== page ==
Tuesday April 23, 2019
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Climate change: Get ready for hotter, drier, wetter future

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Image source: blog.aarp.org

New Delhi: Climate change is happening, with strong evidence that the Earth is already one degree Celsius hotter than at the start of the 20th century. The past four years have been the hottest on record. All this is a foretaste of a hotter, drier and wetter future, says an international researcher.

He said climate change will continue to happen as more heat-trapping greenhouse gases and short-lived climate pollutants accumulate in the atmosphere.

“While mitigation is necessary to control climate change, adaptation is essential to face the hotter, drier, wetter future,” Kathmandu-based ICIMOD’s programme manager Arun B Shrestha told reporters.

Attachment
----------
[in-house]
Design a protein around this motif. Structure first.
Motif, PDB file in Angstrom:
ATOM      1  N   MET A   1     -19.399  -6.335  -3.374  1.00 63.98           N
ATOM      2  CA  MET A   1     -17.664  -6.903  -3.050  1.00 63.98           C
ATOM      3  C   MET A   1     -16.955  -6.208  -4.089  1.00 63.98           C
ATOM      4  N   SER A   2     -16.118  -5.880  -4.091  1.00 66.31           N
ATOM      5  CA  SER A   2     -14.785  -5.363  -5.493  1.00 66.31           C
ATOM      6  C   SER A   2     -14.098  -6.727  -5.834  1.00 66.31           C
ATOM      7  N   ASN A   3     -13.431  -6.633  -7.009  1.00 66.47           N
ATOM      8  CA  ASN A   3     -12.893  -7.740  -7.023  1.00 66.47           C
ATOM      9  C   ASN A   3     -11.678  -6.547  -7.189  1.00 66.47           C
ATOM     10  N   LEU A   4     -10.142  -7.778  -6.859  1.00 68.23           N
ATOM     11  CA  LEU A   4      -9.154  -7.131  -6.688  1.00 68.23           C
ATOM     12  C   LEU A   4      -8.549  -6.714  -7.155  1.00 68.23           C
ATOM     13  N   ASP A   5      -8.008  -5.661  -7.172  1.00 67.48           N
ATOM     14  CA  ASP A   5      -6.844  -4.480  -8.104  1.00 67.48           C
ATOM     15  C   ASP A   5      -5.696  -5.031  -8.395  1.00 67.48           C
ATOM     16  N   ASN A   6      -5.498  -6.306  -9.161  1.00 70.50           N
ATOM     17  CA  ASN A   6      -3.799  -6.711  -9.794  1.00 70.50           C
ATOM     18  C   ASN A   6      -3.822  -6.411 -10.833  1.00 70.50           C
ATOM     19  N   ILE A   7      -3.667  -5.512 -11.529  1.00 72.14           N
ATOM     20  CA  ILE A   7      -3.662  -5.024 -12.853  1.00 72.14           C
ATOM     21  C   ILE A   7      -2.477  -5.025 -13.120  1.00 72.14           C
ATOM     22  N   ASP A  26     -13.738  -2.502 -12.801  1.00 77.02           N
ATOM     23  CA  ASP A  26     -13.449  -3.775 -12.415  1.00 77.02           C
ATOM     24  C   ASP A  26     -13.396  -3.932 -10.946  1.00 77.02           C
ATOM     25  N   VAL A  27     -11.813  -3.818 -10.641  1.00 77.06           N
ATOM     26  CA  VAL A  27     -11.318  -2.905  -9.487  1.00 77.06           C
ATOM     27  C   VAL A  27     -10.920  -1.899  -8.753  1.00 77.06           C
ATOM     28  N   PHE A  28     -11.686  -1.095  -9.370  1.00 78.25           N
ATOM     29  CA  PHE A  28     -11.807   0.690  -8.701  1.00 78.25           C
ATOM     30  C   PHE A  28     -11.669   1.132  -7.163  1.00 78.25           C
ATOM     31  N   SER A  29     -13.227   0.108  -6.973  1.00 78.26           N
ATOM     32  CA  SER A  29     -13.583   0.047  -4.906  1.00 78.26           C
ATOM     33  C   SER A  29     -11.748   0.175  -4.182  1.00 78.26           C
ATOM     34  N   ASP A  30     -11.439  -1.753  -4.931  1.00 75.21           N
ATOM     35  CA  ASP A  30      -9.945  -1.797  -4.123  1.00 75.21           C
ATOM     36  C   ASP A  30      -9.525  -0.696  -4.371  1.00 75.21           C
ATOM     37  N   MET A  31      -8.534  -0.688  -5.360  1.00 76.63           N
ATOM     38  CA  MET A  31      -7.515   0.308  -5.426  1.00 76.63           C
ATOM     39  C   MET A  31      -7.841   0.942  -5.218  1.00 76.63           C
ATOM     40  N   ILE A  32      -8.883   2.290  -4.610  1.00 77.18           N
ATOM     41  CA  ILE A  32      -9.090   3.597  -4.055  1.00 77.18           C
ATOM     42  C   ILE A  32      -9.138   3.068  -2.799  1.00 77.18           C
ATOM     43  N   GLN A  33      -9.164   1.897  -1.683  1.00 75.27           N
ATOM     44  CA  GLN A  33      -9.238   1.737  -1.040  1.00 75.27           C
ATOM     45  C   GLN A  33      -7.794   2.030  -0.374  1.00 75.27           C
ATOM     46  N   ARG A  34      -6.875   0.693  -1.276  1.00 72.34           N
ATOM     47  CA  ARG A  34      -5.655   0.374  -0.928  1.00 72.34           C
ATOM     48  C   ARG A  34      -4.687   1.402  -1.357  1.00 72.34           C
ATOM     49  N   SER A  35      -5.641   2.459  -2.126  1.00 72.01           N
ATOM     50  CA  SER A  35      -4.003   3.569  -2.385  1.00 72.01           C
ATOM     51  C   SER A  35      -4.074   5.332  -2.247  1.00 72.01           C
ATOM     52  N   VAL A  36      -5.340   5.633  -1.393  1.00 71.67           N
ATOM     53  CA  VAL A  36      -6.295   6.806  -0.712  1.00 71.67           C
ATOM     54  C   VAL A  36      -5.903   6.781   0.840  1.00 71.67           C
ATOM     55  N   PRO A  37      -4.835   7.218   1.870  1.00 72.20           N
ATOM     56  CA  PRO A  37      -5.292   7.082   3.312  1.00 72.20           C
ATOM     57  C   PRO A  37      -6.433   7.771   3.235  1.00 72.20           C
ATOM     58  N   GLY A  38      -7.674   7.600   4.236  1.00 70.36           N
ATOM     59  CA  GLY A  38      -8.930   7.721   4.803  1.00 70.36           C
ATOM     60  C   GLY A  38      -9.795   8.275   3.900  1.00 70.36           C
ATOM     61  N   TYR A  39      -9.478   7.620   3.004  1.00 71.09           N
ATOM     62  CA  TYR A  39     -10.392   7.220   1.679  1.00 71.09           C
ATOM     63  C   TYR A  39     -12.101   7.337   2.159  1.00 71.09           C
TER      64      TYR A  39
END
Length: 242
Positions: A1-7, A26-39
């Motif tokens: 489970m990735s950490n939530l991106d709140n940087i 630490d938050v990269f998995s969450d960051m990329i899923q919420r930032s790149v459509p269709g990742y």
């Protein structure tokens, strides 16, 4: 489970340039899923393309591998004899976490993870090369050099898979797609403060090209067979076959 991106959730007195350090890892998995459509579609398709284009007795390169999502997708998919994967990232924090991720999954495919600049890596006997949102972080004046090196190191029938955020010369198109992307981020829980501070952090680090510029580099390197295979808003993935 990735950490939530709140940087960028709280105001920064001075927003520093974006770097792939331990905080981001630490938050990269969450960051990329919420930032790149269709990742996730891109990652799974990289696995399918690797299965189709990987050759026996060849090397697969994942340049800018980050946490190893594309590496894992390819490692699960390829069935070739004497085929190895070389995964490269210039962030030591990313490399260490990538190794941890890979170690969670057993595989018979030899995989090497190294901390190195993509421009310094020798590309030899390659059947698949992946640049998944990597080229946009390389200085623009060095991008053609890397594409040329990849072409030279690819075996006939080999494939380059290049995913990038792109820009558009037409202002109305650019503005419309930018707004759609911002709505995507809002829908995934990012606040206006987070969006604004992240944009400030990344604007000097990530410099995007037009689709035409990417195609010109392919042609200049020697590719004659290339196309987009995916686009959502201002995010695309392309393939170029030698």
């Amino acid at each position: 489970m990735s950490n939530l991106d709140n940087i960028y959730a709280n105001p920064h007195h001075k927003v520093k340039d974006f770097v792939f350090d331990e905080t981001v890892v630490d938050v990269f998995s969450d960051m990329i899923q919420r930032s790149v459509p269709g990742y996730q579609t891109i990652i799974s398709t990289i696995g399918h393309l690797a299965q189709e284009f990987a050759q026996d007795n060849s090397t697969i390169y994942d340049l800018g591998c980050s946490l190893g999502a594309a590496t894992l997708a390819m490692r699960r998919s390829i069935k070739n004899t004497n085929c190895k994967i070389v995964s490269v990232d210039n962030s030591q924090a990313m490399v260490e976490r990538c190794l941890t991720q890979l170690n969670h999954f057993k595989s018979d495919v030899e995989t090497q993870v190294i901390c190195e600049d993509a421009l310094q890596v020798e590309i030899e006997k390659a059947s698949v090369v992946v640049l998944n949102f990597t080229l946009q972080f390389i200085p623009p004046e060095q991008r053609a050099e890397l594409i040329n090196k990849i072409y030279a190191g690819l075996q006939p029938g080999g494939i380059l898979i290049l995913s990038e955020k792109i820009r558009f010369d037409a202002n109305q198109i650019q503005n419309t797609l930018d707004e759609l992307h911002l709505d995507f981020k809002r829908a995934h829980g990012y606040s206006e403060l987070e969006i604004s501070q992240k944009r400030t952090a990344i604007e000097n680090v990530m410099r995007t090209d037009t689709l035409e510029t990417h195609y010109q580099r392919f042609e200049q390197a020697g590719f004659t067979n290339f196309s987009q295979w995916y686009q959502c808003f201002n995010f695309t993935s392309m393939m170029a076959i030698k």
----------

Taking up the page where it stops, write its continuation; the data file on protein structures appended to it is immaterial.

At the Conference of Parties (COP) 21 in Paris last year, the governments agreed to “hold the increase in the global average temperature to well below two degrees Celsius above pre-industrial levels and pursue efforts to limit the temperature increase to 1.5 degrees”.

Shrestha said these commitments are highly ambitious but the plans developed so far cannot avoid a rise of three degrees Celsius.

UN weather agency the World Meteorological Organization said in terms of global averages, each of the past several decades has been significantly warmer than the previous one.